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Lifestyle information and commercial weight management groups to support maternal postnatal weight management and positive lifestyle behaviour: the SWAN feasibility randomised controlled trial

Bick, Debra Bick, Taylor, Cath, Bhavnani, Vanita, Healey, Andy, Seed, Paul, Roberts, Sarah, Zasada, Magdalena, Avery, Amanda, Craig, Victoria, Khazaezadah, Nina , McMullen, Sarah, O’Connor, Sheila, Oki, Bimpi, Ntim, Eugene Oteng, Poston, Lucilla and Ussher, Michael (2019) Lifestyle information and commercial weight management groups to support maternal postnatal weight management and positive lifestyle behaviour: the SWAN feasibility randomised controlled trial BJOG: An International Journal of Obstetrics and Gynaecology, 127 (5). pp. 636-645.

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Abstract

Objectives To assess feasibility of a future randomised controlled trial (RCT) of clinical and cost‐effectiveness of lifestyle information and commercial weight management groups to support postnatal weight management to 12 months post‐birth. Design Two‐arm feasibility trial, with nested mixed‐methods process evaluation. Setting Inner‐city unit, south England. Population Women with body mass indices (BMIs) ≥25 kg/m2 at pregnancy booking or normal BMIs (18.5–24.9 kg/m2) identified with excessive gestational weight gain at 36 weeks of gestation. Methods Randomised to standard care plus commercial weight management sessions commencing 8–16 weeks postnatally or standard care only. Main outcomes Feasibility outcomes included assessment of recruitment, retention, acceptability and economic data collation. Primary and secondary end points included difference between groups in weight 12 months postnatally compared with booking (proposed primary outcome for a future trial), diet, physical activity, smoking, alcohol, mental health, infant feeding, NHS resource use. Results In all, 193 women were randomised: 98 intervention and 95 control; only four women had excessive gestational weight gain. A slightly greater weight change was found among intervention women at 12 months, with greatest benefit. Among women attending ten or more weight management sessions. There was >80% follow up to 12 months, low risk of contamination and no group differences in trial completion. Conclusion It was feasible to recruit and retain women with BMIs ≥25 kg/m2 to an intervention to support postnatal weight management; identification of excessive gestational weight gain requires consideration. Economic modelling could inform out‐of‐trial costs and benefits in a future trial. A definitive trial is an important next step. Tweetable abstract A feasibility RCT of postnatal weight support showed women with BMIs ≥25 kg/m2 can be recruited and followed to 12 months postnatally.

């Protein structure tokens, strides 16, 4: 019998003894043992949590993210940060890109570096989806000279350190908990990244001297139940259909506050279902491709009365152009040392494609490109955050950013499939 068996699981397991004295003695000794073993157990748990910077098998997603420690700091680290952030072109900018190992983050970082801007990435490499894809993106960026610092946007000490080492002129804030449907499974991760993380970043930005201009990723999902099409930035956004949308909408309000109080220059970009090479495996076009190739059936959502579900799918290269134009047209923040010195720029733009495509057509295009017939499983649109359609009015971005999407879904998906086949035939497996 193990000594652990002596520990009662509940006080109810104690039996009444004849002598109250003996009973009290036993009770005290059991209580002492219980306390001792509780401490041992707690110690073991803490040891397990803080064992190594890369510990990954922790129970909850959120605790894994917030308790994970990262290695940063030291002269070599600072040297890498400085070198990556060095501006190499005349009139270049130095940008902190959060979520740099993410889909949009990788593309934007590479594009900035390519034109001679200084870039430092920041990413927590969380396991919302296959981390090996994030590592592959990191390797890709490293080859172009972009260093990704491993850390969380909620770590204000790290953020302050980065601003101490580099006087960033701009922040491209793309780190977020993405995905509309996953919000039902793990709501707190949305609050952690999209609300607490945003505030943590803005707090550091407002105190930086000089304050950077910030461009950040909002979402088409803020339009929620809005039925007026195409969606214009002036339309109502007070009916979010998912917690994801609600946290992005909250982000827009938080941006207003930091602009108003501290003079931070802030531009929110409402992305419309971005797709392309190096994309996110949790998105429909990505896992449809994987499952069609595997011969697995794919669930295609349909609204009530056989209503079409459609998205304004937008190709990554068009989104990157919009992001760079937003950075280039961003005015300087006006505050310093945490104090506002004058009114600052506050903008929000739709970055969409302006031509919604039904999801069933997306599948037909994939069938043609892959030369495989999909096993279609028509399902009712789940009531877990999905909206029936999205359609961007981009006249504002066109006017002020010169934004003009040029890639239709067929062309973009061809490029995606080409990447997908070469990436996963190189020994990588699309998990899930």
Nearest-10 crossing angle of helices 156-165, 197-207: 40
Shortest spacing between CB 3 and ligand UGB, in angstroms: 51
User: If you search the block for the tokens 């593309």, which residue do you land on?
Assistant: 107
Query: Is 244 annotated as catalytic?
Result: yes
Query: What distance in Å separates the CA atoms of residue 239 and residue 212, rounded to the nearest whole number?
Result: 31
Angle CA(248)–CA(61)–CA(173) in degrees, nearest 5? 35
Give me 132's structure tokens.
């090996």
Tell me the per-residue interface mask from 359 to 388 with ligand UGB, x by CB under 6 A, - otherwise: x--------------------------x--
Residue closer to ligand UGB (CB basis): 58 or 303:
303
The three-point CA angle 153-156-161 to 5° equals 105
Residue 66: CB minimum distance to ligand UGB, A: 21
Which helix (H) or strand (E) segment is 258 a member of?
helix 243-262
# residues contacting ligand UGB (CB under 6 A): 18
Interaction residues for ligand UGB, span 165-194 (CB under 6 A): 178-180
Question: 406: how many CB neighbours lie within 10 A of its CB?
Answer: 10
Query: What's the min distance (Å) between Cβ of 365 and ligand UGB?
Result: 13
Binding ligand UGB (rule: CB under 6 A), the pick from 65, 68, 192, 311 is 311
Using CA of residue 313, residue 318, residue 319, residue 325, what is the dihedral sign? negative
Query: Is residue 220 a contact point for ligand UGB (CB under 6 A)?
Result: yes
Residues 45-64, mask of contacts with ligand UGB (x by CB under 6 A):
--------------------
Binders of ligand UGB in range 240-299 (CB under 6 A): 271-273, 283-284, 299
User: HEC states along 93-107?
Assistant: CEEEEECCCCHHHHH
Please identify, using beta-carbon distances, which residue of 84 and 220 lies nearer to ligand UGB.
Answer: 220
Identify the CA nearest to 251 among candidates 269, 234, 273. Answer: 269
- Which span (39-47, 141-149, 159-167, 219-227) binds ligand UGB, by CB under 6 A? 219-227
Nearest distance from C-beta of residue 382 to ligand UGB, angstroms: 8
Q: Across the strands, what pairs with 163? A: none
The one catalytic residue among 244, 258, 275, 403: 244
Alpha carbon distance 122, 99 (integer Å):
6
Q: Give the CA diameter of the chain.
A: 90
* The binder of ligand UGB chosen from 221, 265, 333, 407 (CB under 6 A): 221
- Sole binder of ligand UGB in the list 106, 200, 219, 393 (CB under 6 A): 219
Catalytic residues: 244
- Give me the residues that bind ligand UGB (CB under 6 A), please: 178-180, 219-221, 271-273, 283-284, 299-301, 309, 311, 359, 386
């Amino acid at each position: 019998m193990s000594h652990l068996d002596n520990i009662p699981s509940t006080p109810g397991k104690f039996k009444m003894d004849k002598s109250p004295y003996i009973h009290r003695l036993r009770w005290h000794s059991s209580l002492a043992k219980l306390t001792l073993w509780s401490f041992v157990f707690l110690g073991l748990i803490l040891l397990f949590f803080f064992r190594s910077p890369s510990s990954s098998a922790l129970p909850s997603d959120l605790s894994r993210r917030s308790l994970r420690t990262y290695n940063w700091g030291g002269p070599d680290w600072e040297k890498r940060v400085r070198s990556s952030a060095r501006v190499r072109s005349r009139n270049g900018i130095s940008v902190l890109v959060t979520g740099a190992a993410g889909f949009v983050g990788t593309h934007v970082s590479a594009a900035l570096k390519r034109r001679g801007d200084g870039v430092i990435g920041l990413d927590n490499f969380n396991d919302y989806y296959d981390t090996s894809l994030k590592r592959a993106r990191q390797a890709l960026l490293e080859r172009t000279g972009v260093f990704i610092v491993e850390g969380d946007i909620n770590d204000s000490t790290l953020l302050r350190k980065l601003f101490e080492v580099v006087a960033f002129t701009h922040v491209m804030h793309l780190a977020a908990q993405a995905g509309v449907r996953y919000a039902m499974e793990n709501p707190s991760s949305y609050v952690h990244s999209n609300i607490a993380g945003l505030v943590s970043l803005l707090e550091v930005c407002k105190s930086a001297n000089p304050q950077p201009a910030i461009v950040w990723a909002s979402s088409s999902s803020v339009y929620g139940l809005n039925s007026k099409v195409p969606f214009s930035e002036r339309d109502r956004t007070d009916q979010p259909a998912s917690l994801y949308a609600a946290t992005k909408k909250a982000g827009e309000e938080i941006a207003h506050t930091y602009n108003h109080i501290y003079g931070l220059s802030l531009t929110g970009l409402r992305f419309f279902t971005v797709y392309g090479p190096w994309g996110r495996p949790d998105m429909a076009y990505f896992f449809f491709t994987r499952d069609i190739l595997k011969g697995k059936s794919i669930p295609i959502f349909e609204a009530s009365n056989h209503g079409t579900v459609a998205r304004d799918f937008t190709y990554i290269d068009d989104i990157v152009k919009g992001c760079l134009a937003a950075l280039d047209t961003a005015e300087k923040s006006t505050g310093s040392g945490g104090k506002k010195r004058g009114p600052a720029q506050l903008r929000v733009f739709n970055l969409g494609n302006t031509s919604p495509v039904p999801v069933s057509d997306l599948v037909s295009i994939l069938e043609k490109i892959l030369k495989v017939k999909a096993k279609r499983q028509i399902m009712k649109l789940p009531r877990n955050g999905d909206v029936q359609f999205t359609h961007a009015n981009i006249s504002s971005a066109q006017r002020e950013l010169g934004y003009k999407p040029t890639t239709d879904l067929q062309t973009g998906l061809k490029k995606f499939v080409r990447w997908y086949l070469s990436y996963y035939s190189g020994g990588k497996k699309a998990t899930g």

Item Type: Article
Divisions : Faculty of Health and Medical Sciences > School of Health Sciences
Authors :
NameEmailORCID
Bick, Debra Bick
Taylor, Cathcath.taylor@surrey.ac.uk
Bhavnani, Vanita
Healey, Andy
Seed, Paul
Roberts, Sarah
Zasada, Magdalenam.zasada@surrey.ac.uk
Avery, Amanda
Craig, Victoria
Khazaezadah, Nina
McMullen, Sarah
O’Connor, Sheila
Oki, Bimpi
Ntim, Eugene Oteng
Poston, Lucilla
Ussher, Michael
Date : 5 December 2019
Funders : National Institute for Health Research (NIHR)
DOI : 10.1111/1471-0528.16043
Grant Title : Public Health Research Programme
Copyright Disclaimer : © 2019 John Wiley & Sons, Ltd.
Uncontrolled Keywords : Postnatal; Weight management; Randomised controlled trial; Feasibility
Related URLs :
Depositing User : Clive Harris
Date Deposited : 05 Dec 2019 16:29
Last Modified : 12 Mar 2020 09:35
URI: http://epubs.surrey.ac.uk/id/eprint/853236

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